Far Rock Bungalows Get National Historic Recognition
In their hey-day they were known as the place where both the elite and the not so elite came to spend the summer.
Now almost a century later the National Park Service (NPS) has listed the bungalows on Beach 24th, 25th, and 26th Streets in Far Rockaway on its National Register of Historic Places.
The listing of the Far Rockaway Beach Bungalow Historic District became official on July 17th; several months after the bungalows were added to the NPS State Register of Historic Places.
Richard George, the president of the Beach Bungalow Preservation Association said the listing meant “the bungalows will be preserved as an example of vernacular architecture for this and future generations who can experience them as one of the last remaining remnants of Far Rockaway in the early 20th centu- ry.” He added, “The low lying bungalows, with common walkways to the ocean, are a tribute to their vitality as the ideal structure suited for a coastal environment that continues to thrive into the 21st century.”
The quest to be listed on the register began in 2005 when a representative for the NPS photographed the bungalows and made a presentation to the park service board.
“The National Park Service Board approved our bungalows to meet the criteria of the National Park Service [to become] a historic district,” said George.
After that each bungalow then needed to be documented. For that $10,400 needed to be raised. In 2011 Bootleg Productions, which produces the HBO Martin Scorsese series Boardwalk Empire, gave $10,000.
Cast and crew were on site in 2010 using the bungalows as backdrops for the show. The rest of the money needed was raised from members of the BBPA.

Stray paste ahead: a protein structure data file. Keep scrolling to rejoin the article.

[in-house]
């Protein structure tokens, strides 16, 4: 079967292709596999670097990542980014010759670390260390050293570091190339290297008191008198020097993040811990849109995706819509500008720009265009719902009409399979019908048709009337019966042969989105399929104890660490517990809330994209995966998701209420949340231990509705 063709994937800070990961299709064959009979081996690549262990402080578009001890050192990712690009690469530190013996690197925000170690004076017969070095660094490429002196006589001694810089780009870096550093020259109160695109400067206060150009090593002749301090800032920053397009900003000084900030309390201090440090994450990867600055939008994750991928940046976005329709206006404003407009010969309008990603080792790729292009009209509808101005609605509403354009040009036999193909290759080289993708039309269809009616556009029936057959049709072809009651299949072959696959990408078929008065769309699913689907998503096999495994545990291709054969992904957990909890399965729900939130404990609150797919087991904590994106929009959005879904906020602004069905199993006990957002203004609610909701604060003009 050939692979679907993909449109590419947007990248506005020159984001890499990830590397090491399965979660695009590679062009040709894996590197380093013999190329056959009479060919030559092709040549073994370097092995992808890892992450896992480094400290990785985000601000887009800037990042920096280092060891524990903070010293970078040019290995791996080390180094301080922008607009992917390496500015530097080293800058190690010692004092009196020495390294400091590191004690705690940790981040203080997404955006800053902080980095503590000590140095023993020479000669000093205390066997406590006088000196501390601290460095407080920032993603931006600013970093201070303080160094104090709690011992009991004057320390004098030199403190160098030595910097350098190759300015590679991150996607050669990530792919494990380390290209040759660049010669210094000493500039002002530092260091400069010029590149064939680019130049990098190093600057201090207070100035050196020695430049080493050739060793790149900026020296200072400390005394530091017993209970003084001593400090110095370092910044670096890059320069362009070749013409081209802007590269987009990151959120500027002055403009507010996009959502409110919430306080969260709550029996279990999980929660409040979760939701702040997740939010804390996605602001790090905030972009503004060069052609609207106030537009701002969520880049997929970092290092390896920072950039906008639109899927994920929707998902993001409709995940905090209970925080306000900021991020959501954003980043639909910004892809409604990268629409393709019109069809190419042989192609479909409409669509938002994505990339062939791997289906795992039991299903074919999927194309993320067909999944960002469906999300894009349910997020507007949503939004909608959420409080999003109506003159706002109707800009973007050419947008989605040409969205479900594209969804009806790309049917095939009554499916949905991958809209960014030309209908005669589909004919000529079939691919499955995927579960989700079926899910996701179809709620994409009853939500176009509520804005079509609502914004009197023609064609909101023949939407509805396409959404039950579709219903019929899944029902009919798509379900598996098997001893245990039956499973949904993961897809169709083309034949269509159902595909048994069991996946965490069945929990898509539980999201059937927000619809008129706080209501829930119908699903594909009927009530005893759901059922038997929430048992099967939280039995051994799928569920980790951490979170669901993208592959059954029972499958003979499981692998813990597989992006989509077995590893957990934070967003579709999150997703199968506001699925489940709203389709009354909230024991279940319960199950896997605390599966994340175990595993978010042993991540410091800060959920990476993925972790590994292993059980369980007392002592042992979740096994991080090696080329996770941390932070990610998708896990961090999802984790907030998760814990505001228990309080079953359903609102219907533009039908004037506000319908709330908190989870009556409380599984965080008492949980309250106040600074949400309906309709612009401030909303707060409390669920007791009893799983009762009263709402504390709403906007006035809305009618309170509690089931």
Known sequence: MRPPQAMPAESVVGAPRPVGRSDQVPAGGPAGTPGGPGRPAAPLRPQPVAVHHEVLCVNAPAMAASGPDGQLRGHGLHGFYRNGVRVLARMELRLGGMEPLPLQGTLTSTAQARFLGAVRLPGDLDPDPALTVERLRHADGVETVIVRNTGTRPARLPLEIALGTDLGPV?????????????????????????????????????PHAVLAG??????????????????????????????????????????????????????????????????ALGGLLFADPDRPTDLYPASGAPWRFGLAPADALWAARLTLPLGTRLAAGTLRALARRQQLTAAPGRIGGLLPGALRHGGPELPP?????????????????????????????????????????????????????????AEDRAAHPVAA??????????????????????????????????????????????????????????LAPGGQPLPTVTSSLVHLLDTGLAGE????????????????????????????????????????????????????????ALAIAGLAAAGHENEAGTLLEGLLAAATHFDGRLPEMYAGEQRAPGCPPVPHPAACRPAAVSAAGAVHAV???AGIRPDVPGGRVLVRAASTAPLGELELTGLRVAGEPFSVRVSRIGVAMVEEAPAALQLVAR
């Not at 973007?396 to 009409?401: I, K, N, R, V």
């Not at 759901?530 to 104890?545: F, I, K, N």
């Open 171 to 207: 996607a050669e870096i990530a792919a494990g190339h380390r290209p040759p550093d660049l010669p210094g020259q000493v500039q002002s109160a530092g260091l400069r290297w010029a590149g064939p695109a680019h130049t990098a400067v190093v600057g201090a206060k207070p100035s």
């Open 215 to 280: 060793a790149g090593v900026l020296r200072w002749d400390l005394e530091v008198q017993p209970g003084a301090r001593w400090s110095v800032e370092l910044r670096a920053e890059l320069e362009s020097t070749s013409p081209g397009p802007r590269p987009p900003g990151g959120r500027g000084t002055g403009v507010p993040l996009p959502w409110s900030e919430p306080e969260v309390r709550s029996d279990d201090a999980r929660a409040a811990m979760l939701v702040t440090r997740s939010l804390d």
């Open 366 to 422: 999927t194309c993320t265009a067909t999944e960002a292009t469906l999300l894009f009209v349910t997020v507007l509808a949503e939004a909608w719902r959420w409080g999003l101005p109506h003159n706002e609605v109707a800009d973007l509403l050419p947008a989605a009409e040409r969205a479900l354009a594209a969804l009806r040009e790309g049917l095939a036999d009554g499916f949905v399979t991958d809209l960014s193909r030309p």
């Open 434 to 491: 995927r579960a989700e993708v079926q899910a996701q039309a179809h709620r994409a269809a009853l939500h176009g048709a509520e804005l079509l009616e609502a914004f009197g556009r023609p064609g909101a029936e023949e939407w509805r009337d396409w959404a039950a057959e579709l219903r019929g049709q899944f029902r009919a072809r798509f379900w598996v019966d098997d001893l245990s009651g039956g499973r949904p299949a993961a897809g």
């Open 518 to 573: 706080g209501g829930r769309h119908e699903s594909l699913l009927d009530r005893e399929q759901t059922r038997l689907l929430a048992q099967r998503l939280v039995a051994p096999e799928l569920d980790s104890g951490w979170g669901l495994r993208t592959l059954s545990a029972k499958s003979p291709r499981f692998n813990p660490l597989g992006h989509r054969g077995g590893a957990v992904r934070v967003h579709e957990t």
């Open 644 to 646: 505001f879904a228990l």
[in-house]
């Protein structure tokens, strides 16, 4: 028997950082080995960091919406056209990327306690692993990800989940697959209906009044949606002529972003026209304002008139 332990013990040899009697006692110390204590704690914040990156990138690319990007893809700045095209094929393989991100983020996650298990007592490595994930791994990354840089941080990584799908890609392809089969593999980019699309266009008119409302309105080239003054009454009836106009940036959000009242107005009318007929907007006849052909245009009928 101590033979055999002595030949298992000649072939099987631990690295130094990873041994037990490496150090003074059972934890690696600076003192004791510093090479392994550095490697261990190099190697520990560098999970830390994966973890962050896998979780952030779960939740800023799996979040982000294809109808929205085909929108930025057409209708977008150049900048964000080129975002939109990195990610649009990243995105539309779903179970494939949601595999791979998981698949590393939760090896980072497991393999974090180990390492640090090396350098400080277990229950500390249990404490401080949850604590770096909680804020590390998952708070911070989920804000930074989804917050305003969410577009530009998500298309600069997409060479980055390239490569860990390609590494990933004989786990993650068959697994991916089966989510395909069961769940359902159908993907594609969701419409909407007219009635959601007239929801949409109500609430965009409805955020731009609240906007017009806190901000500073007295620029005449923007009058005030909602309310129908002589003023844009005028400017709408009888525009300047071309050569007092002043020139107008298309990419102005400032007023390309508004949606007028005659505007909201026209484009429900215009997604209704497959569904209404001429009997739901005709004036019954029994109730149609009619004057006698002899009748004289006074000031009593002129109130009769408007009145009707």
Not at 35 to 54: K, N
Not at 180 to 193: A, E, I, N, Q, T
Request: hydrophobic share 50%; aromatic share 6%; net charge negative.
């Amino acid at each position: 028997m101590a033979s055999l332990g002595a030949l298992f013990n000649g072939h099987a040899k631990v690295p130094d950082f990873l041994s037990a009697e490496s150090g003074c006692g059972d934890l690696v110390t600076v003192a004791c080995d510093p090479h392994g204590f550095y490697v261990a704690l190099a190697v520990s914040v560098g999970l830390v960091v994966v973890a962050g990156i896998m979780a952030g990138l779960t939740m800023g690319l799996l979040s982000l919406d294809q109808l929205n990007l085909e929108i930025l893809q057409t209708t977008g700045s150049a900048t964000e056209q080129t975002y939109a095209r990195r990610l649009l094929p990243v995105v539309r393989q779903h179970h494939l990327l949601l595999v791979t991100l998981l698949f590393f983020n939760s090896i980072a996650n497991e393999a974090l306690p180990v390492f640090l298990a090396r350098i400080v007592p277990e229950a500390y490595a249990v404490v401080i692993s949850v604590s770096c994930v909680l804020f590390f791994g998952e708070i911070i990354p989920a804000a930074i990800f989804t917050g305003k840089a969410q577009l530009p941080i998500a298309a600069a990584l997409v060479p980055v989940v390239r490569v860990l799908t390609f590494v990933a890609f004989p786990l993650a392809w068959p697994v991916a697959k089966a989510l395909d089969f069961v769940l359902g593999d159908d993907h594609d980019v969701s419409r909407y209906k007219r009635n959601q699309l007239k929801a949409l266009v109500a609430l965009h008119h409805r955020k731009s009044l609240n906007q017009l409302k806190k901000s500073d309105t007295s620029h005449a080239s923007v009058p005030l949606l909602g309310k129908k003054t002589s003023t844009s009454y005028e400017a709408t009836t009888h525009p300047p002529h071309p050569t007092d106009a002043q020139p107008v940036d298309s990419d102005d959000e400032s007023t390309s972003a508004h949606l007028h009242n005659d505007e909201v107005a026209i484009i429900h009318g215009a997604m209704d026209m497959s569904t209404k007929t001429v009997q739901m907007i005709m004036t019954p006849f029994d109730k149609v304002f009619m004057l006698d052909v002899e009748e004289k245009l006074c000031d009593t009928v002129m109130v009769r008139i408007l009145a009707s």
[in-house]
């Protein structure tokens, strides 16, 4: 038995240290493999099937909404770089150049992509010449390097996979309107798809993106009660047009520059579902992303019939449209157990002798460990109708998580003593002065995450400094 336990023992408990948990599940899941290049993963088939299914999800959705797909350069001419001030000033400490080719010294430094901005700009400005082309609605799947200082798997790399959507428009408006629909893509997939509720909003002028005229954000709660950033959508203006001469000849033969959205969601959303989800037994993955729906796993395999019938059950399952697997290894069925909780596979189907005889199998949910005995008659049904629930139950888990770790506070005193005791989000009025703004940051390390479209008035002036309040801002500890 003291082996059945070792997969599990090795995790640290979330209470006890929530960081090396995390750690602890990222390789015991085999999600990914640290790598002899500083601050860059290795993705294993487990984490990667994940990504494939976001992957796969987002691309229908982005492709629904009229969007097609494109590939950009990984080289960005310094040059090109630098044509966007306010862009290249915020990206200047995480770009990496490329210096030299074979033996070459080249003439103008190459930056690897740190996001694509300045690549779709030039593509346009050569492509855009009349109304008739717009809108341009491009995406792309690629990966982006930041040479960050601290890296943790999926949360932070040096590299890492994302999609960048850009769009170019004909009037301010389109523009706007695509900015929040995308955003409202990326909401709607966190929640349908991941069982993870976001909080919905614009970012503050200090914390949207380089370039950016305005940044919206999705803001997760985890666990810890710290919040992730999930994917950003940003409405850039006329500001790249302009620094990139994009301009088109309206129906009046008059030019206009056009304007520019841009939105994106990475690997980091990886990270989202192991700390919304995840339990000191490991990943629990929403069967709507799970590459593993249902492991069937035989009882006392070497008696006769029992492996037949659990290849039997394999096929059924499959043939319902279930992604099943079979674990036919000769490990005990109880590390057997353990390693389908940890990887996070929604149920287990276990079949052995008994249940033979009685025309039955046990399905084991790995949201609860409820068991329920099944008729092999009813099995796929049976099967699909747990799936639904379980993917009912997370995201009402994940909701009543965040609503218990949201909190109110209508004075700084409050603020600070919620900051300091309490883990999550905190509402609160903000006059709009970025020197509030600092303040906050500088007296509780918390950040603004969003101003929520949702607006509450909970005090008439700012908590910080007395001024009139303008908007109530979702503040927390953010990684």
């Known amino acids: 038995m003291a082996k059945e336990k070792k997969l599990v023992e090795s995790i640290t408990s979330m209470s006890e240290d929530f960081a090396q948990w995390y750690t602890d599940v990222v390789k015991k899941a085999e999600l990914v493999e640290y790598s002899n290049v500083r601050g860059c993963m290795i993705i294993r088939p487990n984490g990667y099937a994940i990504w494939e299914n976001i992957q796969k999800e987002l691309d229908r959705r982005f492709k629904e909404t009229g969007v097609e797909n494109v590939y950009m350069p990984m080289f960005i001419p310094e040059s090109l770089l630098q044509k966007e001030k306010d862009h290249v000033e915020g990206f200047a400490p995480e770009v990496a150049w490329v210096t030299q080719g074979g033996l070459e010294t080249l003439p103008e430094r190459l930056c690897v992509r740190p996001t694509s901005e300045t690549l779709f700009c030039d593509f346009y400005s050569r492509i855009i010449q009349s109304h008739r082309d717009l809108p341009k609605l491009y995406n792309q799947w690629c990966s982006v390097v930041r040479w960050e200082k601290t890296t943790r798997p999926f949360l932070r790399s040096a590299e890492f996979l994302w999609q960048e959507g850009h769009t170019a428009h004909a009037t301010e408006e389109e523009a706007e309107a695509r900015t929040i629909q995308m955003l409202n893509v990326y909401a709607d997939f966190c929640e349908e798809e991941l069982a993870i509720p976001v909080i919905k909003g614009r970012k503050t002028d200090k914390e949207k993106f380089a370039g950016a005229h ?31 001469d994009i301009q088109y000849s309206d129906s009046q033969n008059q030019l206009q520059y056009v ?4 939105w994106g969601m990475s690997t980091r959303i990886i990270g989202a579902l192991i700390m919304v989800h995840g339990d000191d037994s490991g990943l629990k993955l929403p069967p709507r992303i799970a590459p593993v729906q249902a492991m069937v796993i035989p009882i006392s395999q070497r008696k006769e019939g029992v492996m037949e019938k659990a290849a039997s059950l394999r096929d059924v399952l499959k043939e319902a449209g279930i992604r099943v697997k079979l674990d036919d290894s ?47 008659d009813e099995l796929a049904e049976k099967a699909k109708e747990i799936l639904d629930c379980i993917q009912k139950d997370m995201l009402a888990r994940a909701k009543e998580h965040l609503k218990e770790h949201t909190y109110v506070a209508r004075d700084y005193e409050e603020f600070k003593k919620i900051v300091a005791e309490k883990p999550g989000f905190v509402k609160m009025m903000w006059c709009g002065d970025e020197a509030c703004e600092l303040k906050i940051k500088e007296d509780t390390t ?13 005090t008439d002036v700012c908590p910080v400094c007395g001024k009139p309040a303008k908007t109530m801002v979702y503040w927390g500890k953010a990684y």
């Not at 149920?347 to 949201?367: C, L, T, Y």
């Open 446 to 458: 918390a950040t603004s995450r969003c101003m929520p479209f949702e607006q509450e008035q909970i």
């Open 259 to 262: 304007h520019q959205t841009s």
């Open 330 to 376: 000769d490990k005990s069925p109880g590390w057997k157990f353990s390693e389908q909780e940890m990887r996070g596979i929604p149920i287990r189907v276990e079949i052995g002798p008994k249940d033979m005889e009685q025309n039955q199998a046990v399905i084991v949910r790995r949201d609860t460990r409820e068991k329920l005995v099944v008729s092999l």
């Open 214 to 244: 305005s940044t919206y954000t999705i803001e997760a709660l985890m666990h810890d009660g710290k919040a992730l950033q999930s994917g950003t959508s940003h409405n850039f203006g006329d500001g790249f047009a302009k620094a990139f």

In 2012, Beachside Bungalow Preservation Association earned a spot in the city’s Historic District Council’s Six To Celebrate! as one of six locations that year that the council chose to help in preservation efforts.
During that time, Nancy Solomon of Long Island Traditions was hired to handle the research and paperwork needed to apply for the nomination to the State Register.
Daniel McEneny, who is a Preservation Program Analyst for New York City/Long Island/City of Buffalo regions at the Office of Parks Recreation and Historic Preservation of the State Parks Department, helped with the process.
After the bungalows were approved for the State Register in December 2012 McEneny said the nomination was “forwarded to the National Park Service for final listing on the National Register.”
Being on the register does have some benefits, such as a 20 percent historic preservation tax credit for homeowners of properties listed on the registers for rehabilitation of the property.
The registers are separate from the city’s Landmark Preservation program, but being on the NPS State and National Historic Registers can be an advantage if the area does seek landmark status.
“The National Park Service made us document each and every bungalow and it means the Landmarks Preservation Commission has less work to do,” said George.
According to George the designated historic bungalows were built between 1919 and 1921.